An Open Letter to London City Council re: Uber
Recently, 7 of you approved a proposed bylaw change that would require all vehicles-for-hire (VFH)to have security cameras installed in order to maintain their legal operation. For those unaware, this bylaw will require the 900+ Uber drivers in the city to purchase a security camera that costs upward of $1,000 and install it in their vehicle. London is the only city in the world to approve this regulation, and Uber has recently submitted a letter to the city claiming that instead of forcing drivers to go through with such a purchase, they will instead cease operations within the city.
Let’s just get it out of the way: this is a whole new level of stupidity. For reasons beyond my comprehension, you have once again succeeded in making London a joke among major Canadian cities.
What was the reason for this decision to require cameras? From the bylaw proposal: “All currently licensed taxis and limousines have purchased camera systems. For purposes of fairness, some form of transitioning to a uniform system would need to be negotiated with current licensed vehicle owners and brokers who have recently purchased and installed required cameras.”
Let’s think about that for a minute: for purposes of fairness. For purposes of fairness. I’m sorry, but when did the free market society that we live in become fair? Did Sony cry about Apple’s better music player and demand a new bylaw for purposes of fairness? Did Apple throw a temper tantrum about Google making a better maps app and demand a new bylaw for purposes of fairness? Did MySpace file a lawsuit against Facebook and demand a new bylaw for purposes of fairness?
Apparently our city council needs a history lesson, because last time I checked, if a company or industry model can’t compete or is using outdated technology, bylaws usually aren’t drawn up to make things “fair”; it’s sink or swim. Companies need to adjust their practices or technology offerings in order to maintain a healthy level of competition. If you can’t keep up, too bad.
Just because cabs are required to have cameras doesn’t mean Uber drivers should be simply because they provide a similar service. Operationally, the two modes of transportation are vastly different. Uber connects you to a driver with a profile whom you can track and rate their level of service. Cab companies have started offering apps, but the industry is still largely driven by ad-hoc hiring (hailing a cab) or phone bookings. Before I get into a cab, I have no idea who my driver is or what their level of service for past clients has been like. There is no comparison for “fairness”, because the level of anonymity is not at the same base level.
This brings me to my next point: the purpose of the actual camera. A lot of people think it’s to protect the passenger— this is false. I can see why you would think that; headlines of drivers sexually assaulting their riders tend to make popular headlines. However, the primary motivation for installing security cameras is to protect the drivers. A cab is a little ATM on 4 wheels for would-be thieves. No such dilemma exists for Uber drivers because payment is mediated through the app. The notion that passengers are at a higher risk without a camera-provisioned VFH is not supported by any credible evidence. The fact is, no reputable data set exists that tracks sexual assaults committed by VFH drivers (and where these assaults take place). Uber has also been much more proactive with regards to addressing passenger safety, and contains a more rigourous background check process than cab companies traditionally employ. This is a whole other can of worms, but in the case of robberies, the crime would have to take place inside the vehicle where all of the money is, so the camera is actually providing valid protection for the cab driver. That investment is actually providing a valuable service that reduces their risk of losing cash on hand.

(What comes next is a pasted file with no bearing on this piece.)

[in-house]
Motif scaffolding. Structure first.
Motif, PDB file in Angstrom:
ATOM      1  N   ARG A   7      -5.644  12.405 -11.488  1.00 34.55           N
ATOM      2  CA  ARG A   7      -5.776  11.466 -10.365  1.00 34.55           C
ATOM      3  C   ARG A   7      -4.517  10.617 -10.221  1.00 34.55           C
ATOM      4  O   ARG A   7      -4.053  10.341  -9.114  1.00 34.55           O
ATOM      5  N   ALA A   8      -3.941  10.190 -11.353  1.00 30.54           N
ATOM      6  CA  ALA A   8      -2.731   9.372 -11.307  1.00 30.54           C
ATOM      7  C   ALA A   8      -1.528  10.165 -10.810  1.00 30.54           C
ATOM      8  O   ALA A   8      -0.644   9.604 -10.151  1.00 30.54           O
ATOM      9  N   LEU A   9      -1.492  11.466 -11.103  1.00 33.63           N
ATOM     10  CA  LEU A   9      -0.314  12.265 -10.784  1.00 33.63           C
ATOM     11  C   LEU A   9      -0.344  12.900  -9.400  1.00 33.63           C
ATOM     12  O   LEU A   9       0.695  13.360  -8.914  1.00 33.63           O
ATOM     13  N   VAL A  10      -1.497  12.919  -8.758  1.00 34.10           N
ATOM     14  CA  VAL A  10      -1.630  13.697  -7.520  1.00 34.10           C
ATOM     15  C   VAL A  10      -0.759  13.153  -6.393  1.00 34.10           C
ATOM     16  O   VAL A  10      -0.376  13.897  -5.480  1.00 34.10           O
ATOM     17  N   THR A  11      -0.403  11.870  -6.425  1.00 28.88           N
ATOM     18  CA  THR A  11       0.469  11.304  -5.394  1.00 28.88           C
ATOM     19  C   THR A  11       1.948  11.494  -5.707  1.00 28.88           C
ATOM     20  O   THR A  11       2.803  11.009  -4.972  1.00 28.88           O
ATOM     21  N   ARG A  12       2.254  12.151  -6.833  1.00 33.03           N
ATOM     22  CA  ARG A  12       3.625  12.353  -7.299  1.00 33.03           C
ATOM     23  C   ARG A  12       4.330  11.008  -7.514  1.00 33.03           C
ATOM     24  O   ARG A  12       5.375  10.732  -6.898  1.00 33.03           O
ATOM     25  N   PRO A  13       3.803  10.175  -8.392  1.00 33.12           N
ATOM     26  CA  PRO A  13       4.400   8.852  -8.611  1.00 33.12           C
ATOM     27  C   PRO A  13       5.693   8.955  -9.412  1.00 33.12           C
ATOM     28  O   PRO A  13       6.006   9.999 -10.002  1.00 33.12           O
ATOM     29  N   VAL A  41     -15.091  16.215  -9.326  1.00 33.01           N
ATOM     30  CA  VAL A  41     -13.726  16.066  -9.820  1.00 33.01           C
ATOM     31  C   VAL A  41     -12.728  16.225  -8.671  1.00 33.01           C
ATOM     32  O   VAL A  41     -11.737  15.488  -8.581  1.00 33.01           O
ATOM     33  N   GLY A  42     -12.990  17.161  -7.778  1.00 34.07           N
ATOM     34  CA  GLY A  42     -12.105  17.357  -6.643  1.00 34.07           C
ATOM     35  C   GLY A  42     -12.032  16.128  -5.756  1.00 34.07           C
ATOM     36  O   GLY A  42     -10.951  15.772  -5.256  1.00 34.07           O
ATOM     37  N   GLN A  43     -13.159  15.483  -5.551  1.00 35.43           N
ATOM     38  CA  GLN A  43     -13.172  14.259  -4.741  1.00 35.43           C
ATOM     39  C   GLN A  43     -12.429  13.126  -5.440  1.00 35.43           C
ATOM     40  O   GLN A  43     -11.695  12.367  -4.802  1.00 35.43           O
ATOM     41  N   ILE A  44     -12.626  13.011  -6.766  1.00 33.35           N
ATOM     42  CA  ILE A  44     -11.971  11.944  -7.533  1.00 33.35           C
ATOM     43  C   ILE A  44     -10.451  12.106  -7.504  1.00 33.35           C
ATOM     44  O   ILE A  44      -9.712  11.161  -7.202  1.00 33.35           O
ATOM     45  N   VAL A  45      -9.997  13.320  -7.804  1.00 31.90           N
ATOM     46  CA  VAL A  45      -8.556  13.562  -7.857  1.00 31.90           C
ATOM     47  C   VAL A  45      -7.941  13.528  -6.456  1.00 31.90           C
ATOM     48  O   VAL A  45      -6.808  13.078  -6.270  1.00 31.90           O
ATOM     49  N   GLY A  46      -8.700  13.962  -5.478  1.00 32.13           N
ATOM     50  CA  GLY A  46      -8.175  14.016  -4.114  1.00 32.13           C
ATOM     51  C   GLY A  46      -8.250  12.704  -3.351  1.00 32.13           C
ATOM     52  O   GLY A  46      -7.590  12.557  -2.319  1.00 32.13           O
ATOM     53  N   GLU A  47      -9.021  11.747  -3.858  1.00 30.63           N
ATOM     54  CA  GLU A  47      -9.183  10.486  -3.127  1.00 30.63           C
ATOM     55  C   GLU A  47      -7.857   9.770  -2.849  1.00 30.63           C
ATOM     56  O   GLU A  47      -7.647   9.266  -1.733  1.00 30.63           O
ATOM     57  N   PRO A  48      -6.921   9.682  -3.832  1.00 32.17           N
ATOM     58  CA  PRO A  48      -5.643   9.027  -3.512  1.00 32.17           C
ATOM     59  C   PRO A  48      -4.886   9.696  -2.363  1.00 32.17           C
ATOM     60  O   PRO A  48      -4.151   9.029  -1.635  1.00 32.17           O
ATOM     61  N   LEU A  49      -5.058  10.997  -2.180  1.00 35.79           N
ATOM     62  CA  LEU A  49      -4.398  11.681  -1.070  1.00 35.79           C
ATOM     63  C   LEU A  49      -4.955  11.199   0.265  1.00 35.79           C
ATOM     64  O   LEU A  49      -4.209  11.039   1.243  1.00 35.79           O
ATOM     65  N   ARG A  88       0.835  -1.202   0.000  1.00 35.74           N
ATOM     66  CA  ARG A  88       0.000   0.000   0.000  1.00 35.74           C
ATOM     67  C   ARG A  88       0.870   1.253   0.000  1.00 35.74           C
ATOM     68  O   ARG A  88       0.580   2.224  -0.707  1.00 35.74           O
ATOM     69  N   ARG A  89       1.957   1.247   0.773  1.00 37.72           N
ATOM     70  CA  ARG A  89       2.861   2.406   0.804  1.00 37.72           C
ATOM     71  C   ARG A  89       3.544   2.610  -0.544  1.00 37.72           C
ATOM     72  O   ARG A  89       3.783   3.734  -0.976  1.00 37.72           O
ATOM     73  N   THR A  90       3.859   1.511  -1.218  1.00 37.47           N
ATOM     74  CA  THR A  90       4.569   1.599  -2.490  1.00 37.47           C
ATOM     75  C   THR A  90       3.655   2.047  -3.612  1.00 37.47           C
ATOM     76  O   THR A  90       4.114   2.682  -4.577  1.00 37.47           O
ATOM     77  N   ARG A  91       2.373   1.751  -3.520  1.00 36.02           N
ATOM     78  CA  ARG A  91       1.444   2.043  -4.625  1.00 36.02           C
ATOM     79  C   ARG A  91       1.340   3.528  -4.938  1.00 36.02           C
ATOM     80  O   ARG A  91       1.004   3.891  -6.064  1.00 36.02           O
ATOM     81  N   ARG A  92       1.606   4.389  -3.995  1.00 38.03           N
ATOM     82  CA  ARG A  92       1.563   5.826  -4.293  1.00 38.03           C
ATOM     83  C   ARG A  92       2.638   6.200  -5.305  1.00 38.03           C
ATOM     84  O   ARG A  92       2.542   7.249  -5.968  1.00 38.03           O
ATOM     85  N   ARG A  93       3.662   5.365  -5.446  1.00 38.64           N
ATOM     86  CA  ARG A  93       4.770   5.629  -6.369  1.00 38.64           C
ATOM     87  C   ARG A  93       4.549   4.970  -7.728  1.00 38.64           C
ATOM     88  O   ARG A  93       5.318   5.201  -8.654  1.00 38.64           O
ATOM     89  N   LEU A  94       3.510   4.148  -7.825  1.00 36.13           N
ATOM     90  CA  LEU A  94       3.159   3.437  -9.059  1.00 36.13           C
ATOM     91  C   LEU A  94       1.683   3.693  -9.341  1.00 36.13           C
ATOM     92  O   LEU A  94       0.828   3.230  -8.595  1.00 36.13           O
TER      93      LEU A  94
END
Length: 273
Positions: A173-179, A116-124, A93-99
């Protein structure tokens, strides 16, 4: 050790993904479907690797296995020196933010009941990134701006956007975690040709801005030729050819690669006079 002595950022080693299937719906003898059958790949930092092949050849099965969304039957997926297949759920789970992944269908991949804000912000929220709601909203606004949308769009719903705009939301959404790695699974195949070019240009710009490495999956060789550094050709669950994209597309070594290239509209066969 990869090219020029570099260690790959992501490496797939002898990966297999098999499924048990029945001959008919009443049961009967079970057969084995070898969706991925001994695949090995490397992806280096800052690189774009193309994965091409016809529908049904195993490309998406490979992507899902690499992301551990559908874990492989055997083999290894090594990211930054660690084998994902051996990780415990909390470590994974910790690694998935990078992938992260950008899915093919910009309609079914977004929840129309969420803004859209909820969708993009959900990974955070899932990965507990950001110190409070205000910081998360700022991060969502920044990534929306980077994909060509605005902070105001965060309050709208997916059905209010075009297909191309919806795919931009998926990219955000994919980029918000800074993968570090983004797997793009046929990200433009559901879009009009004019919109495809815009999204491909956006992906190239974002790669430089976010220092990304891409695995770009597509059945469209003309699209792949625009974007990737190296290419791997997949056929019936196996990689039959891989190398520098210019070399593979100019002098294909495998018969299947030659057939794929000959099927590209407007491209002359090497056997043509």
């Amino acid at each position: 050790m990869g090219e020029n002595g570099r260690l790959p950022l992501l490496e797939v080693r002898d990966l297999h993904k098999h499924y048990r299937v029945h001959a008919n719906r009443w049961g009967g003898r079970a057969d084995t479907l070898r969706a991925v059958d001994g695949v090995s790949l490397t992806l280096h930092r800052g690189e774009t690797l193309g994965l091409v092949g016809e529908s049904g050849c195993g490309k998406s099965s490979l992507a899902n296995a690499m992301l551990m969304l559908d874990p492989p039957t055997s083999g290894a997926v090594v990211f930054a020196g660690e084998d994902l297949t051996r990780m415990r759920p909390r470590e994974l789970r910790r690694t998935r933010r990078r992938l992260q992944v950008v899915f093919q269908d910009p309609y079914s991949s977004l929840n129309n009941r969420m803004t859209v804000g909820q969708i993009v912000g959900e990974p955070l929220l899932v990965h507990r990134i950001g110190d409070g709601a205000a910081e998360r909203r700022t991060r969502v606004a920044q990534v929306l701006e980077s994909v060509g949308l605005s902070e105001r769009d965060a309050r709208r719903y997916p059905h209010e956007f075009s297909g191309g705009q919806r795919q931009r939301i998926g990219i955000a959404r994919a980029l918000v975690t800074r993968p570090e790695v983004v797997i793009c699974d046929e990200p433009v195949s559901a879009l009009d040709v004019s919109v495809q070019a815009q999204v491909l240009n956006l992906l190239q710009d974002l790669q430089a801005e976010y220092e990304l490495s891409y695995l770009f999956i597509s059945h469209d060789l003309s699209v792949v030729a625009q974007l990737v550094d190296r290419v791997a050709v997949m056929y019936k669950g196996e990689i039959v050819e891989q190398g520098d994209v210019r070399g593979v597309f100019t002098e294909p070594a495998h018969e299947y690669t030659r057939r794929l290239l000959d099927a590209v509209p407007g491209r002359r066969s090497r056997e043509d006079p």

I thought that this information was widely understood, but apparently I’m wrong. Thanks London City Council, the 7 of you who voted in favour of this idiotic bylaw have proceeded to screw over 900+ people who rely on Uber for primary or supplementary income (many of them former cab drivers who jumped ship to a superior business model), not to mention the thousands of daily riders that use Uber because — shocker — it’s a far superior service.
Our society’s history is built on progress. Sometimes industries need to go through growing pains in order to improve. For all the talk around the city about how important “innovation” is, this confusing decision is anything but innovative.
Here’s some advice: stop listening to the losers who are whining about how things aren’t fair. Society doesn’t move forward that way. The Dutch East India Company had to go through it thanks to pirates. The BBC and their monopoly on radio had to go through it thanks to renegade radio stations. The music industry had to go through it thanks to Napster. Now it’s the cab industry’s turn. Stop supporting the stumbling past and start embracing disruption.